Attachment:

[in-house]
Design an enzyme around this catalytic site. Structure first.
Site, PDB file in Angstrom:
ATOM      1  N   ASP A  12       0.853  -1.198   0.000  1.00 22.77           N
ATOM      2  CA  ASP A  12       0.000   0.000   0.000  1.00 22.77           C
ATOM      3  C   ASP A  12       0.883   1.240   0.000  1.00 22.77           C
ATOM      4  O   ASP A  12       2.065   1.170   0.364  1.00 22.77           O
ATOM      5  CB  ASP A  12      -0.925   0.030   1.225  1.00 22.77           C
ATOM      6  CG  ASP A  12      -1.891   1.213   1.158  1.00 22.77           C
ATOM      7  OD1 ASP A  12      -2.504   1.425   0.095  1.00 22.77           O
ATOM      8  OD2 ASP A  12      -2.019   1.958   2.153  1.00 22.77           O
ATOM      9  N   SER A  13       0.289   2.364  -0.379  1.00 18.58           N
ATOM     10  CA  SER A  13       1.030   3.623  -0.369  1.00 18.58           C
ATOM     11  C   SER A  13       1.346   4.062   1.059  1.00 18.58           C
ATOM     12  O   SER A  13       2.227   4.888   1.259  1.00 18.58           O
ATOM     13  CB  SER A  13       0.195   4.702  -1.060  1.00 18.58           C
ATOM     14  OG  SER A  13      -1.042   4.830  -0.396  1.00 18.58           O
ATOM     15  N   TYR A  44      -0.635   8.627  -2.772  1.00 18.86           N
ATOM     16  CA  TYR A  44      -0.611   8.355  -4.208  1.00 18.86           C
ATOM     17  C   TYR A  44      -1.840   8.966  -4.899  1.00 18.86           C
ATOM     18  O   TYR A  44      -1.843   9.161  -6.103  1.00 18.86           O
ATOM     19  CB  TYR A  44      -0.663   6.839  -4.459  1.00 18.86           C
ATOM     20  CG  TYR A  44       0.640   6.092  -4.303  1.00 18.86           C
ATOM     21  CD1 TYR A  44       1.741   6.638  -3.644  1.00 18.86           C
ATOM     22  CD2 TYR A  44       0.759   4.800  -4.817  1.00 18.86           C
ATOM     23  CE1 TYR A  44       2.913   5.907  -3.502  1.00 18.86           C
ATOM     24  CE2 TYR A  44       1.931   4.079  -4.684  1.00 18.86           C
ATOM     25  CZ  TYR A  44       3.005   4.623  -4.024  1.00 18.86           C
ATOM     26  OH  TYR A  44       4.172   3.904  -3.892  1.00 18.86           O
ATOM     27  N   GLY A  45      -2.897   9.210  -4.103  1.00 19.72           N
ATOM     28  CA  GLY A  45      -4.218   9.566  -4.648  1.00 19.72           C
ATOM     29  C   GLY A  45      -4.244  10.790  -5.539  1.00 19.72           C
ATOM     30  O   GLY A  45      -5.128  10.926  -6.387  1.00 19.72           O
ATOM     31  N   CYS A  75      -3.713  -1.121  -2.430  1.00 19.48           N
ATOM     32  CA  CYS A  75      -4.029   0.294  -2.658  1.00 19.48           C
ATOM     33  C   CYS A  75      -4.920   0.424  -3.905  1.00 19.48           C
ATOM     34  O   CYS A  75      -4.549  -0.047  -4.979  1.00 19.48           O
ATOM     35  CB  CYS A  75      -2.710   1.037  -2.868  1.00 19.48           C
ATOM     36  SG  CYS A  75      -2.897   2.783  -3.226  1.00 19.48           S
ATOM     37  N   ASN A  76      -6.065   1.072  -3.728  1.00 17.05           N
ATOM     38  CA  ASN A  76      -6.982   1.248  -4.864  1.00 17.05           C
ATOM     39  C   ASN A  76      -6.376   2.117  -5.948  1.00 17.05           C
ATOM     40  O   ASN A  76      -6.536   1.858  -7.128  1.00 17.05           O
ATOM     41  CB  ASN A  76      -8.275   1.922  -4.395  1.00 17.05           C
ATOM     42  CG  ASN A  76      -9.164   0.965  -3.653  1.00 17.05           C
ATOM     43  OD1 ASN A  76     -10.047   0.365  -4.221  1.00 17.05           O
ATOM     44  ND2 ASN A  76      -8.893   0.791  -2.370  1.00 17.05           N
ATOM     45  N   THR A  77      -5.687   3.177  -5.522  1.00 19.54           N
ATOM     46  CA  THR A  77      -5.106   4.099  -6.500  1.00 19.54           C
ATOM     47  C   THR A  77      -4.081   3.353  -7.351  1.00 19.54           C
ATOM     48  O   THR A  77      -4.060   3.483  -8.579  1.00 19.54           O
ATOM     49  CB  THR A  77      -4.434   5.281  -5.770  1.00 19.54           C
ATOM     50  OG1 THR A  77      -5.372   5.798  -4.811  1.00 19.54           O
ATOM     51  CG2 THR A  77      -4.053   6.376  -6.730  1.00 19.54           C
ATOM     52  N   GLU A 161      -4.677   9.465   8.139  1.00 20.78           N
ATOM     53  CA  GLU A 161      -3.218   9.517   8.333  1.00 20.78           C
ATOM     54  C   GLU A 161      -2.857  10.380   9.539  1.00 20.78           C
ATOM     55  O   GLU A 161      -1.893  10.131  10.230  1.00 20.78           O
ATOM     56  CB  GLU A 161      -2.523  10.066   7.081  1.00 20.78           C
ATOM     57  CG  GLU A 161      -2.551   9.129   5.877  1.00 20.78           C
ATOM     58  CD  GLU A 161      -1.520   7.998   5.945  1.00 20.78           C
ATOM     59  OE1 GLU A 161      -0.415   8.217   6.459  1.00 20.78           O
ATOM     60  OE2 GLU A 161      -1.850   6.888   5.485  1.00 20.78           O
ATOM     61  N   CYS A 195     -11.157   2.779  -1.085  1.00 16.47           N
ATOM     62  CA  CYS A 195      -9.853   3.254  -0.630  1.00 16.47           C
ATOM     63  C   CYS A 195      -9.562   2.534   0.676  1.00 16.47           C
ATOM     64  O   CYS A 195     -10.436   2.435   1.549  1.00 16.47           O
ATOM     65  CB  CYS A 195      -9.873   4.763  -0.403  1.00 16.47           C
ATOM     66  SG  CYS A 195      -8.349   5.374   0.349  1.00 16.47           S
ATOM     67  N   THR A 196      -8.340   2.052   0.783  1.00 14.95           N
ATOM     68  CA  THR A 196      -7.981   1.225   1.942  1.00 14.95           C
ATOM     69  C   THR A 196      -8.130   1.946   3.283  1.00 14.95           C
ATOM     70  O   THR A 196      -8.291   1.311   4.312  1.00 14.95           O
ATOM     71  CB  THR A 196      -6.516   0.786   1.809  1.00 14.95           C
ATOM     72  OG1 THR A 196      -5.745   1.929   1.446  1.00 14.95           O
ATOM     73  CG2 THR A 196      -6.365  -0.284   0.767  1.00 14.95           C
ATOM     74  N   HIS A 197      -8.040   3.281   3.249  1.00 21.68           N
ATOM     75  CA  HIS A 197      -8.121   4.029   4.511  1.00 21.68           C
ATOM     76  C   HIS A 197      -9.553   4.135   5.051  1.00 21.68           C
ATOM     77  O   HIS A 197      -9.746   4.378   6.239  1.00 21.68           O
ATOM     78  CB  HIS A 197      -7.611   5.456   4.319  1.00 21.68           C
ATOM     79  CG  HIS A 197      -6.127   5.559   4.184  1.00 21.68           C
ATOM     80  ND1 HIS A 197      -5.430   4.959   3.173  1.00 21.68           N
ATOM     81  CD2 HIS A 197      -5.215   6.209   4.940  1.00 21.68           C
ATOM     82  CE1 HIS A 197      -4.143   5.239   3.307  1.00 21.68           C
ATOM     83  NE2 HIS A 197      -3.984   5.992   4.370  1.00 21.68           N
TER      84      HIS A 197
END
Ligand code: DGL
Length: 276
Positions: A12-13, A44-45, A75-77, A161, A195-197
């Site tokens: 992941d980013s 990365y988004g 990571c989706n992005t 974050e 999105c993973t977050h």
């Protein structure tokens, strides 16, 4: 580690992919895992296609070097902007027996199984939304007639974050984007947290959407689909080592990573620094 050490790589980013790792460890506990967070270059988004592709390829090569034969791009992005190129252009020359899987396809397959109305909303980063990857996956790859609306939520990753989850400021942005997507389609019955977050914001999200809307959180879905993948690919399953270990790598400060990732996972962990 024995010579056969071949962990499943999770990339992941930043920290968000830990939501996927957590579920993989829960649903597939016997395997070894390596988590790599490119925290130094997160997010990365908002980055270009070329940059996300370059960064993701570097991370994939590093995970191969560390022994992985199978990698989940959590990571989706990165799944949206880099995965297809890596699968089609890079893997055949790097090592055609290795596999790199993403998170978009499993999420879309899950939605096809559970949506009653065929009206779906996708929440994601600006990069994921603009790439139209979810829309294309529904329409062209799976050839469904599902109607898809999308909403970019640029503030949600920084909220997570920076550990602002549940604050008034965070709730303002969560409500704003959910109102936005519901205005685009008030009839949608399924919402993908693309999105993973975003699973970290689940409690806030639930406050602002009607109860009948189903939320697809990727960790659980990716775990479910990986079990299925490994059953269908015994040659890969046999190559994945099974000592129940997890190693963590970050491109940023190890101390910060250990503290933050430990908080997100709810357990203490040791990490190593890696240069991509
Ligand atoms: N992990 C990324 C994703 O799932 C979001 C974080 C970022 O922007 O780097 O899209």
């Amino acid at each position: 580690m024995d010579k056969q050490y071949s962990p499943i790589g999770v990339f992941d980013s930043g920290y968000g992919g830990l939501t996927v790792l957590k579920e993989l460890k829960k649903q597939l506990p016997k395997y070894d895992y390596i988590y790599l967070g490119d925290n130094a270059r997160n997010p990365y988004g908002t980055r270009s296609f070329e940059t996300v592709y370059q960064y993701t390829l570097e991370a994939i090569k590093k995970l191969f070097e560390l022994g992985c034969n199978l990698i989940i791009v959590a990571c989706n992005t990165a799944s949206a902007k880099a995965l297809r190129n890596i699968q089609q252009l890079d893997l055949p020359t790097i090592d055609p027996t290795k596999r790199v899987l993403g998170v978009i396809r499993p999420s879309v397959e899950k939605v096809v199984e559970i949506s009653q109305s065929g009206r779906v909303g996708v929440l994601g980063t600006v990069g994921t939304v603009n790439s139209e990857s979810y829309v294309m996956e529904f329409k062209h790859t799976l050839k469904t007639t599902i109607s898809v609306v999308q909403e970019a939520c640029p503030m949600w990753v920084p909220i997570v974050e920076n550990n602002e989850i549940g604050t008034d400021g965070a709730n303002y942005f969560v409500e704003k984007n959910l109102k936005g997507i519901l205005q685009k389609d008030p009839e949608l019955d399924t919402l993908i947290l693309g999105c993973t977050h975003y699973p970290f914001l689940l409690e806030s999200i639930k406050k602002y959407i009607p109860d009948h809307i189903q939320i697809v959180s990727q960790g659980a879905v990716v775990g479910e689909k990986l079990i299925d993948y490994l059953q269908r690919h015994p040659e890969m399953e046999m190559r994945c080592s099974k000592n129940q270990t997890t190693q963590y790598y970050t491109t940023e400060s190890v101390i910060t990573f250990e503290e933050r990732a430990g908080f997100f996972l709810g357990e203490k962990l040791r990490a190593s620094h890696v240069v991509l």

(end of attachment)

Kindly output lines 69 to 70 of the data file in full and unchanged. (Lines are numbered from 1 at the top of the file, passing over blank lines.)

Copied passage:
ATOM     66  SG  CYS A 195      -8.349   5.374   0.349  1.00 16.47           S
ATOM     67  N   THR A 196      -8.340   2.052   0.783  1.00 14.95           N